The Struggle for Acceptance: Applying Tenets of Ecocriticism to Medieval Texts
This event is free to attend and open to all and will be followed by a drinks reception in the Courtyard Café, Palace Green Library.
Register here for this and other seminars in the Landscapes series taking place during Easter Term (24th April - 23rd June 2017).
Abstract: As omnipresent as are potential works for ecocritical interpretation in the field of pre-modern literature, ecocriticism as an accepted vehicle for critical inquiry has come relatively late to the game for scholars of medieval literature. Additionally, medievalists interested in ecocritical approaches have been forced to struggle against weighty critical precedent that, if not out rightly hostile to ecocritism, are at least not welcoming. Perhaps the most egersis statement for ecocritics comes from none other a source than Ernst Robert Curtius who in 'European Literature and the Latin Middle Ages' (1948) proclaims, “Medieval descriptions of nature are not meant to represent reality” (183). Curtius’s fundamental and influential text was first published in German in 1948 and translated into English in 1953. Even now, over 50 years later, ecocritics who study pre-modern literature must confront this blatant assertion. About ten years after Curtius’s book appeared in English, another critical milestone around the neck of ecocritics was published. D.W. Robertson in Preface to Chaucer, appearing in 1962, established an almost exclusively, allegorical reading of Chaucer and, by extension, most other medieval texts. I say an almost exclusively allegorical reading because Robertson did admit that Chaucer “mingles details of an iconographic nature with other details which produce an effect of considerable verisimilitude.” But, as an ecocritic of medieval English literature, Gillian Rudd, points out when discussing Robertson’s influential book, for Robertson it is the allegory that gives meaning to these “other details.” Rudd states that Robertson’s readings translate the allegory but have little or nothing to say about the actual details of the natural world that are over-written by the allegory. Rudd neatly summarizes ecocritics response to Robertson—“One of the consequences of reading ecocritically is to focus on those ‘other details’ and give them credit for doing something more than merely adding to an effect of ‘verisimilitude’” (11).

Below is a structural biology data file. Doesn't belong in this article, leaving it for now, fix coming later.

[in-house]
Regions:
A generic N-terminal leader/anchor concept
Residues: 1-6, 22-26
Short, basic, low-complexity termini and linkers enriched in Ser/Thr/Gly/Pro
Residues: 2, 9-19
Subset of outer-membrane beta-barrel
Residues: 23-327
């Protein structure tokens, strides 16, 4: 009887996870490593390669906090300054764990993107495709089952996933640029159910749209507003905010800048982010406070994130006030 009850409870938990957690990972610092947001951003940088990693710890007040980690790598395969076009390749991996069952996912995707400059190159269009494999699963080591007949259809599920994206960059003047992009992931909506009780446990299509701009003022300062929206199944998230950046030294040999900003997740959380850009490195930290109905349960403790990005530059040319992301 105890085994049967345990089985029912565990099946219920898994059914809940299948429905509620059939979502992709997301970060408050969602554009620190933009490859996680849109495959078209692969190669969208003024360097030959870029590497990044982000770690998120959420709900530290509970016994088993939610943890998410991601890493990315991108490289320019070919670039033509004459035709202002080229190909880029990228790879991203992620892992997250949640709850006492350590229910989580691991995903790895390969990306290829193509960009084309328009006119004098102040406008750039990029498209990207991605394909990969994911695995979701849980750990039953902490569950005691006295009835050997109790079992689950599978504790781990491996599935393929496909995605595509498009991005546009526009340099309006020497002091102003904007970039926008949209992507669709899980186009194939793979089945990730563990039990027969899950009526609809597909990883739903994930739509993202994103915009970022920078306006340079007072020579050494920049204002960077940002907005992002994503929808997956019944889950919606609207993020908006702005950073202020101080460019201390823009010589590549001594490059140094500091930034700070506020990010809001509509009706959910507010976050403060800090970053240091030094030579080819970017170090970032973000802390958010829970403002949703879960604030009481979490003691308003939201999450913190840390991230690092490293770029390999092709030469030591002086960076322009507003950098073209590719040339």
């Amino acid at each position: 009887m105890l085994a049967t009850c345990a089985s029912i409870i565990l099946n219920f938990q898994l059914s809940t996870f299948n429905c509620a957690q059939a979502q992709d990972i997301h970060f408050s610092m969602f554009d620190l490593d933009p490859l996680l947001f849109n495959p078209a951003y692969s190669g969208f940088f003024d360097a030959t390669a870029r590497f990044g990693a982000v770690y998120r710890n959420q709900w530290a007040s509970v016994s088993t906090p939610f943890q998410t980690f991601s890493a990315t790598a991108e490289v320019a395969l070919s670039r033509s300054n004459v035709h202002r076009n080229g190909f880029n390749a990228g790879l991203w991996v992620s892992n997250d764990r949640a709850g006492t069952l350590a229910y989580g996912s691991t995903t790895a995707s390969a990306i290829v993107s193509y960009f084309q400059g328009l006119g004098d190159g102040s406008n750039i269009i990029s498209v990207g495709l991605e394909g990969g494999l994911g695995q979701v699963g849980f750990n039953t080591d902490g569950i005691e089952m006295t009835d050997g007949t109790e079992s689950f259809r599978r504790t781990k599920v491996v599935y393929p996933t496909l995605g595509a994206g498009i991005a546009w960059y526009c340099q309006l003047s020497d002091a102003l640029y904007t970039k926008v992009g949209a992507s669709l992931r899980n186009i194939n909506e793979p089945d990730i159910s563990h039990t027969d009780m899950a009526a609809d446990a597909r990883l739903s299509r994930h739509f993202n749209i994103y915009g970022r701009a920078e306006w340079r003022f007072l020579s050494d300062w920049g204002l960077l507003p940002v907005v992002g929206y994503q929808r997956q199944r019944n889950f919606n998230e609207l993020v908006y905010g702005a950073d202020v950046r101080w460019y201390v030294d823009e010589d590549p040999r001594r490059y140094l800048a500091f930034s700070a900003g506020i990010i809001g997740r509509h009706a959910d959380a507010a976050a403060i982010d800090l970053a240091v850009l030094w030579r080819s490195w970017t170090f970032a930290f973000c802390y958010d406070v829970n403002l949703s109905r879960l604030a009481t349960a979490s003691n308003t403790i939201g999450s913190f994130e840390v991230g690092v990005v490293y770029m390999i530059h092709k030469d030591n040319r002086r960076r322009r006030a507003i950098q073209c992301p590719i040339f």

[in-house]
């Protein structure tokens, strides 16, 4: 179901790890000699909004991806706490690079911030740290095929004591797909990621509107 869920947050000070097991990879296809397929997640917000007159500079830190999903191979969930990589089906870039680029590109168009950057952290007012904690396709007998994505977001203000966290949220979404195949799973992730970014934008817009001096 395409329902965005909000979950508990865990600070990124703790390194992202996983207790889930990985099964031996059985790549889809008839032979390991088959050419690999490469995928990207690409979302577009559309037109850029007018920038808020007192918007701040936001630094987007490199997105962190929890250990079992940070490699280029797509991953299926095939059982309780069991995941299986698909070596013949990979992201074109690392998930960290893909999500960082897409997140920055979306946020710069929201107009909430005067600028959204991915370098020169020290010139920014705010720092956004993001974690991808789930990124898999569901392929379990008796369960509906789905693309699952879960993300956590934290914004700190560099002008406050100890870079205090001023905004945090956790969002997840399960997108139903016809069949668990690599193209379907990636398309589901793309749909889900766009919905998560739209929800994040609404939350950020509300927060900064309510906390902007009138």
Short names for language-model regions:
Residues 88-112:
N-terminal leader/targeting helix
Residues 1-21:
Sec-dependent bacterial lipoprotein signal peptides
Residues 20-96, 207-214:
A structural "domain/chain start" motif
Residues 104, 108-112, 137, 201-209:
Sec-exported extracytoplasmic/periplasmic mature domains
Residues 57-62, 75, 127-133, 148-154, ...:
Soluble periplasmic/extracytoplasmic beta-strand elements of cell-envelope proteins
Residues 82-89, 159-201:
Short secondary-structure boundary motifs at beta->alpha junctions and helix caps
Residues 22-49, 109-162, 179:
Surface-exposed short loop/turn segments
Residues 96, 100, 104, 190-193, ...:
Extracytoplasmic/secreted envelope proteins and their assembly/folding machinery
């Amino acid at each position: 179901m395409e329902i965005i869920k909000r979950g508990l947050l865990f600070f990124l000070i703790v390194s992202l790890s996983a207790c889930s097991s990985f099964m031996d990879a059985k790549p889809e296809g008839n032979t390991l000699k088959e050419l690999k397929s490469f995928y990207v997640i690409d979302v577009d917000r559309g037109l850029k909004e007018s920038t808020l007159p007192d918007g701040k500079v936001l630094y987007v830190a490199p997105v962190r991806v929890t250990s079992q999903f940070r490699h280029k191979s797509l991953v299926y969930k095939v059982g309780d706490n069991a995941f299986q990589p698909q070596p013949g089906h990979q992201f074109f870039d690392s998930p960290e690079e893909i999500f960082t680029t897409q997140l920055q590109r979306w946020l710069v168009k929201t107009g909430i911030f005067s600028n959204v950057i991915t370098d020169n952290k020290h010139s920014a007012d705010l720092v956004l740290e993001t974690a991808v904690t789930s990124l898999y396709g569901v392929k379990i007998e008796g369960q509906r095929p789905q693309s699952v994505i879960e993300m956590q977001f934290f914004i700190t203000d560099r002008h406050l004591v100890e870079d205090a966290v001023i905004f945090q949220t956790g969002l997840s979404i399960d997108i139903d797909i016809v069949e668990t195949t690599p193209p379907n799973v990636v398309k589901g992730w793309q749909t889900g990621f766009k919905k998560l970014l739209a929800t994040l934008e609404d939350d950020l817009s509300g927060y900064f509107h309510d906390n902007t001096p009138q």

This seminar will examine works from Medieval Spain with an eye to the presence of details about the natural world and explain why an ecocritical approach to pre-modern texts can open up new ways of reading of even very familiar works.
Dr Connie L. Scarborough is Professor of Spanish in the Department of Classical and Modern Languages as Texas Tech University where she also serves as co-director of the graduate program in Medieval and Renaissance Studies. Her bilingual edition of the poetry of Marcia Belisarda, “Dando a conocer estos versos su legítimo autor”: The Poetry of Marcia Belisarda aka Sor María de Santa Isabel, is in press with the Arizona Center for Medieval and Renaissance Studies. She recently completed a manuscript for Amsterdam University Press entitled Cursed or Cured: Disability in Medieval Spanish Texts. In 2013 she published Inscribing the Environment: Ecocritical Approaches to Medieval Spanish Literature, with De Gruyter press. She gave an invited plenary lecture at the 2016 meeting of the Association of Hispanists of Great Britain and Ireland. She also serves on the Executive Council for Medieval Spanish Literature for the Modern Language Association. She has participated in a number of international symposia, including the Asociación Internacional de Hispanistas held in July 2016 in Münster, Germany. She has spoken previously at Durham University as an invited participant in a conference arranged by Andy Beresford on Iberian hagiography in July of 2014.
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